When you learn that Youceff Yunque Kabal, better known as YUS, is studying accounting and economics, it makes sense how precise and organized his chillwave tunes are. Now he's released Talisman, his second full-length, not counting three remix albums. It's the kind of conscientious craftsmanship found in Daphni or Burial -- smooth, slightly dubbed, and extremely relaxing.
YUS hasn't been very active lately, playing shows only here and there, as the 24-year-old producer has been using his time to work on the album, build a marketing plan, and study at Arizona State University.
"I feel like playing shows and recording music at the same time is just a bit difficult. Being in the studio is very introspective, and I feel better when I don't have to go out and perform for somebody," Kabal says. "It's just I'm not able to play live and create at the same time."
Talisman is being released through Manneken Records, Kabal's own label. The name means "little man" in Flemish, just one of many languages YUS learned growing up in Brussels, Belgium. And Manneken truly is a one-man project -- YUS explains he started the label in his bedroom with a CD printer and some jewel cases.
"If I'm doing this and have all these tools, I might as well have a name for this process," he says. "I collaborate with some people, but on paper it's just me . . . I feel like the Internet breaks down those barriers where you only have to find local artists or distribute their music. There's a lot of good local music, but I don't feel like I should limit myself to that. Right now, I'm testing the waters."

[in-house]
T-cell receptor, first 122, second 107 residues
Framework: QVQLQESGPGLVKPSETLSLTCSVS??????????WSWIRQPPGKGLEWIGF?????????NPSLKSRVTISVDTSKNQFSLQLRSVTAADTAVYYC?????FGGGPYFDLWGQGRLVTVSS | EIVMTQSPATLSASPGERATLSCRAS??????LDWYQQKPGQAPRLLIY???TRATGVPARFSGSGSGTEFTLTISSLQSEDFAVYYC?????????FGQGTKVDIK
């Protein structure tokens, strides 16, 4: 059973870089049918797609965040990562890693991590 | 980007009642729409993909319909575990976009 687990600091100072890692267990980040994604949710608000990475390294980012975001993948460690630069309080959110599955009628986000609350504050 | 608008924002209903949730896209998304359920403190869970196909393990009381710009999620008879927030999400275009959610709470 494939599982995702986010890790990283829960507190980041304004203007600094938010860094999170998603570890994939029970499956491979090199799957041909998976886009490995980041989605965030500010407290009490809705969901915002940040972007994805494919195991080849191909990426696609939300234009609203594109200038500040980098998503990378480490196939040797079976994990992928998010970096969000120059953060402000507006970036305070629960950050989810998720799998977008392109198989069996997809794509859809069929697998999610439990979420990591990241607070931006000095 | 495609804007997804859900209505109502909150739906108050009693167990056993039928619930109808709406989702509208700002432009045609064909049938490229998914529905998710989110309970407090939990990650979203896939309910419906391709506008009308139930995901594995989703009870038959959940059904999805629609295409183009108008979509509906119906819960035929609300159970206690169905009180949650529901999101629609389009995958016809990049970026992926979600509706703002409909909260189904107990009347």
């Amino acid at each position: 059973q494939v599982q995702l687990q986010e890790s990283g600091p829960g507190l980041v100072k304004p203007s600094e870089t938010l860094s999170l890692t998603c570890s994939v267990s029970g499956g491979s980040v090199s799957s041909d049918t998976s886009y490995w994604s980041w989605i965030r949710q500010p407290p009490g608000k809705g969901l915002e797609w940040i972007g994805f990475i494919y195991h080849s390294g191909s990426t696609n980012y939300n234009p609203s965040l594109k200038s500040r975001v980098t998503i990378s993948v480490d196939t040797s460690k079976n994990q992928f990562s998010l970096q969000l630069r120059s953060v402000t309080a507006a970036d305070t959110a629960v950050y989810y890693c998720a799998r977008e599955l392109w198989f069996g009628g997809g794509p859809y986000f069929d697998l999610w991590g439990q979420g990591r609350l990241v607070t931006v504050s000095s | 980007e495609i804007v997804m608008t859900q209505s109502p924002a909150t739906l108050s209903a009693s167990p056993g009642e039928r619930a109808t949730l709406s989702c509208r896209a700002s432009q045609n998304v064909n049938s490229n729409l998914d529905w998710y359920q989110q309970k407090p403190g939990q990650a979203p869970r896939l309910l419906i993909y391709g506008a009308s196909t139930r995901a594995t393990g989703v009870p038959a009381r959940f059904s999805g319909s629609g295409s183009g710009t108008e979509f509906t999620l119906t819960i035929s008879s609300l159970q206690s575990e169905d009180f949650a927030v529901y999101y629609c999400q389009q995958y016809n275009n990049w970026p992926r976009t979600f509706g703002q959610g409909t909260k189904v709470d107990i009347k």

YUS tells us he's a huge fan of economic theory and arithmetic. Even his release dates tend to have a deeper meaning -- his music video for "20 Million" was made public on June 2 (6/02) and Talisman came out June 23 (6/23). Both dates are local area codes, picked because YUS feels more at home here.
"I don't feel like moving to whatever big city to make it. I can make it here," he says. "I haven't been diagnosed with OCD. I don't close my doors 10 times . . . [But] I do believe in order," Kabal says. "It helps me think clearly. I like logic. Logic is one of the best things. With things like law or philosophy, there's a lot of abstractness. With mathematics, there's this weird connection to just about everything. It adds up. You can prove it with a few numbers." He adds, "I think it's great for people to have that, a bit of order. It helps my music, I think, makes it more cohesive, united, a clear direction. If you're not clear with your direction or goals, you're not going to get there."
That's part of the reason YUS wrote "Vees and Exes" about the stats in a soccer video game.
"It was Ws, Ds, Ls for wins, draws, loses. 'Vees and Exes' is about wins, losses . . . Oftentimes, what you want isn't what you want later, once you have it," he says. "That's a defeat in a sense. I talk a lot about defeat in my music. The first song from my first album is called "Ndeftid" [Undefeated] -- I think people face defeat more than victory."
YUS has said before that he wants to make other musicians in the local music scene "uncomfortable," explaining how breaking up the status quo will help everyone develop. "That's the way we all progress," YUS says. "People don't like the music of the future when it comes out."
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